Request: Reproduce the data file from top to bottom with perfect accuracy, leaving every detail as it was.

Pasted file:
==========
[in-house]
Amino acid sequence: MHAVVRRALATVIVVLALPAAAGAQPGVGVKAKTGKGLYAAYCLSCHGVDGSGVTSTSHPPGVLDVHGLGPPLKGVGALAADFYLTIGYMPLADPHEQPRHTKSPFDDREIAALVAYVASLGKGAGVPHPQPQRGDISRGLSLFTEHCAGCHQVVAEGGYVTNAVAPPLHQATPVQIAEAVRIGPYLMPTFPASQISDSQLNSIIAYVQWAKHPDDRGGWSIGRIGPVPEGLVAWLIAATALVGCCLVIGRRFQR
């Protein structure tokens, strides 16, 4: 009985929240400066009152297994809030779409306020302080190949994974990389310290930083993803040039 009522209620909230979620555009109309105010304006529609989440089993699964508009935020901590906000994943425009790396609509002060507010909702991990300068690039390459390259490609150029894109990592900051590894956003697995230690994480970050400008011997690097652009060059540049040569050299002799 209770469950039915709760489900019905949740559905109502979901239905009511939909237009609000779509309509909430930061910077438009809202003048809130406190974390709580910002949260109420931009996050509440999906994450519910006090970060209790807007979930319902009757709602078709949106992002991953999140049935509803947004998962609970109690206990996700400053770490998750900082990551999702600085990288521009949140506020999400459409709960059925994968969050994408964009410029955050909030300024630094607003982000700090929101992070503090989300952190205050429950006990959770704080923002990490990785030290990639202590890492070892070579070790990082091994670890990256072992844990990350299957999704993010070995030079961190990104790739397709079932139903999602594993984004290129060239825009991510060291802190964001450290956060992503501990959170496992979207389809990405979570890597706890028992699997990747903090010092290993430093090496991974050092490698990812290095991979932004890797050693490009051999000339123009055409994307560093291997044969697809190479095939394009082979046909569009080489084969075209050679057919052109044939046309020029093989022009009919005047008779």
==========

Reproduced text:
[in-house]
Amino acid sequence: MHAVVRRALATVIVVLALPAAAGAQPGVGVKAKTGKGLYAAYCLSCHGVDGSGVTSTSHPPGVLDVHGLGPPLKGVGALAADFYLTIGYMPLADPHEQPRHTKSPFDDREIAALVAYVASLGKGAGVPHPQPQRGDISRGLSLFTEHCAGCHQVVAEGGYVTNAVAPPLHQATPVQIAEAVRIGPYLMPTFPASQISDSQLNSIIAYVQWAKHPDDRGGWSIGRIGPVPEGLVAWLIAATALVGCCLVIGRRFQR
């Protein structure tokens, strides 16, 4: 009985929240400066009152297994809030779409306020302080190949994974990389310290930083993803040039 009522209620909230979620555009109309105010304006529609989440089993699964508009935020901590906000994943425009790396609509002060507010909702991990300068690039390459390259490609150029894109990592900051590894956003697995230690994480970050400008011997690097652009060059540049040569050299002799 209770469950039915709760489900019905949740559905109502979901239905009511939909237009609000779509309509909430930061910077438009809202003048809130406190974390709580910002949260109420931009996050509440999906994450519910006090970060209790807007979930319902009757709602078709949106992002991953999140049935509803947004998962609970109690206990996700400053770490998750900082990551999702600085990288521009949140506020999400459409709960059925994968969050994408964009410029955050909030300024630094607003982000700090929101992070503090989300952190205050429950006990959770704080923002990490990785030290990639202590890492070892070579070790990082091994670890990256072992844990990350299957999704993010070995030079961190990104790739397709079932139903999602594993984004290129060239825009991510060291802190964001450290956060992503501990959170496992979207389809990405979570890597706890028992699997990747903090010092290993430093090496991974050092490698990812290095991979932004890797050693490009051999000339123009055409994307560093291997044969697809190479095939394009082979046909569009080489084969075209050679057919052109044939046309020029093989022009009919005047008779």